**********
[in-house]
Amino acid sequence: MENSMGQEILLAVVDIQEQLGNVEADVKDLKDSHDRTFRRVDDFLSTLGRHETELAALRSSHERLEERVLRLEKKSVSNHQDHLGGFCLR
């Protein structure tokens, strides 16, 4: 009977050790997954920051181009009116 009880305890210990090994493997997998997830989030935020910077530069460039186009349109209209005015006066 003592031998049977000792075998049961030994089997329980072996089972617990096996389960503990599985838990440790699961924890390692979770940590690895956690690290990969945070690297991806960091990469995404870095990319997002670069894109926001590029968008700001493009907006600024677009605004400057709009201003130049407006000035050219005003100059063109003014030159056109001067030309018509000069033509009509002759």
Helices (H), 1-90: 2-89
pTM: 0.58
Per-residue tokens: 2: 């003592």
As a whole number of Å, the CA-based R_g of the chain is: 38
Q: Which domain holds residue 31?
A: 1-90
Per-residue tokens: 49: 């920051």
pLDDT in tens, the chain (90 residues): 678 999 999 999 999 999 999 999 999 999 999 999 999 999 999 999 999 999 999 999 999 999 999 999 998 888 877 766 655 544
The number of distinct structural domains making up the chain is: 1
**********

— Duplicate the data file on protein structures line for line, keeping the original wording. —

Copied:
[in-house]
Amino acid sequence: MENSMGQEILLAVVDIQEQLGNVEADVKDLKDSHDRTFRRVDDFLSTLGRHETELAALRSSHERLEERVLRLEKKSVSNHQDHLGGFCLR
């Protein structure tokens, strides 16, 4: 009977050790997954920051181009009116 009880305890210990090994493997997998997830989030935020910077530069460039186009349109209209005015006066 003592031998049977000792075998049961030994089997329980072996089972617990096996389960503990599985838990440790699961924890390692979770940590690895956690690290990969945070690297991806960091990469995404870095990319997002670069894109926001590029968008700001493009907006600024677009605004400057709009201003130049407006000035050219005003100059063109003014030159056109001067030309018509000069033509009509002759």
Helices (H), 1-90: 2-89
pTM: 0.58
Per-residue tokens: 2: 């003592």
As a whole number of Å, the CA-based R_g of the chain is: 38
Q: Which domain holds residue 31?
A: 1-90
Per-residue tokens: 49: 């920051």
pLDDT in tens, the chain (90 residues): 678 999 999 999 999 999 999 999 999 999 999 999 999 999 999 999 999 999 999 999 999 999 999 999 998 888 877 766 655 544
The number of distinct structural domains making up the chain is: 1